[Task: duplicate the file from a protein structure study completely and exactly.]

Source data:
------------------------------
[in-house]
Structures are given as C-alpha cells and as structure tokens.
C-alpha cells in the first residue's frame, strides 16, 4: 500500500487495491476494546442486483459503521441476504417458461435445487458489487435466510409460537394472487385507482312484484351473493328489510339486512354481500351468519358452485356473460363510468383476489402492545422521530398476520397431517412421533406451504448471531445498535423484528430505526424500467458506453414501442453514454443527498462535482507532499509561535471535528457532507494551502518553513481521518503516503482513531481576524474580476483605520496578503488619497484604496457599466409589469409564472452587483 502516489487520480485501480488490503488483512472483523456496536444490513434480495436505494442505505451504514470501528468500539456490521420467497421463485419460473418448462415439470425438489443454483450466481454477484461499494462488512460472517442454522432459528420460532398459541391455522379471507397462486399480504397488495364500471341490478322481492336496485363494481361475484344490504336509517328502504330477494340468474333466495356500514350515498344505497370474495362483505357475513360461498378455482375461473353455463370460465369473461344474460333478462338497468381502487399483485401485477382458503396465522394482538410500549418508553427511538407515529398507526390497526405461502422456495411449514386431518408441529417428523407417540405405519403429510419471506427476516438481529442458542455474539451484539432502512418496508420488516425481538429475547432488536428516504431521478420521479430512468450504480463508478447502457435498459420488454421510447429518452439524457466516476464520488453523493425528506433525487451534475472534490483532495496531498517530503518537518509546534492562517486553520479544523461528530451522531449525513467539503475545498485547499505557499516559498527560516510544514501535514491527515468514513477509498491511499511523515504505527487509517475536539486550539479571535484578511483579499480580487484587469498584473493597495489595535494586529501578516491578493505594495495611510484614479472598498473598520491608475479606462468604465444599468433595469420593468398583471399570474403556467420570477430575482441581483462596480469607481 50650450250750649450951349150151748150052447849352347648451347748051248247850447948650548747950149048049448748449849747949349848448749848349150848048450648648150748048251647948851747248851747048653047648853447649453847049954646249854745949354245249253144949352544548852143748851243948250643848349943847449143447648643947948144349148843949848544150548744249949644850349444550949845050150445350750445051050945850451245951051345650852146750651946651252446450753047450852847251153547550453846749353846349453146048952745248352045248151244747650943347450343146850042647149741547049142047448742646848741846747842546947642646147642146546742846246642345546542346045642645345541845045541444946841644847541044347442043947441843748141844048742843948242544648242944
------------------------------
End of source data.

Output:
[in-house]
Structures are given as C-alpha cells and as structure tokens.
C-alpha cells in the first residue's frame, strides 16, 4: 500500500487495491476494546442486483459503521441476504417458461435445487458489487435466510409460537394472487385507482312484484351473493328489510339486512354481500351468519358452485356473460363510468383476489402492545422521530398476520397431517412421533406451504448471531445498535423484528430505526424500467458506453414501442453514454443527498462535482507532499509561535471535528457532507494551502518553513481521518503516503482513531481576524474580476483605520496578503488619497484604496457599466409589469409564472452587483 502516489487520480485501480488490503488483512472483523456496536444490513434480495436505494442505505451504514470501528468500539456490521420467497421463485419460473418448462415439470425438489443454483450466481454477484461499494462488512460472517442454522432459528420460532398459541391455522379471507397462486399480504397488495364500471341490478322481492336496485363494481361475484344490504336509517328502504330477494340468474333466495356500514350515498344505497370474495362483505357475513360461498378455482375461473353455463370460465369473461344474460333478462338497468381502487399483485401485477382458503396465522394482538410500549418508553427511538407515529398507526390497526405461502422456495411449514386431518408441529417428523407417540405405519403429510419471506427476516438481529442458542455474539451484539432502512418496508420488516425481538429475547432488536428516504431521478420521479430512468450504480463508478447502457435498459420488454421510447429518452439524457466516476464520488453523493425528506433525487451534475472534490483532495496531498517530503518537518509546534492562517486553520479544523461528530451522531449525513467539503475545498485547499505557499516559498527560516510544514501535514491527515468514513477509498491511499511523515504505527487509517475536539486550539479571535484578511483579499480580487484587469498584473493597495489595535494586529501578516491578493505594495495611510484614479472598498473598520491608475479606462468604465444599468433595469420593468398583471399570474403556467420570477430575482441581483462596480469607481 50650450250750649450951349150151748150052447849352347648451347748051248247850447948650548747950149048049448748449849747949349848448749848349150848048450648648150748048251647948851747248851747048653047648853447649453847049954646249854745949354245249253144949352544548852143748851243948250643848349943847449143447648643947948144349148843949848544150548744249949644850349444550949845050150445350750445051050945850451245951051345650852146750651946651252446450753047450852847251153547550453846749353846349453146048952745248352045248151244747650943347450343146850042647149741547049142047448742646848741846747842546947642646147642146546742846246642345546542346045642645345541845045541444946841644847541044347442043947441843748141844048742843948242544648242944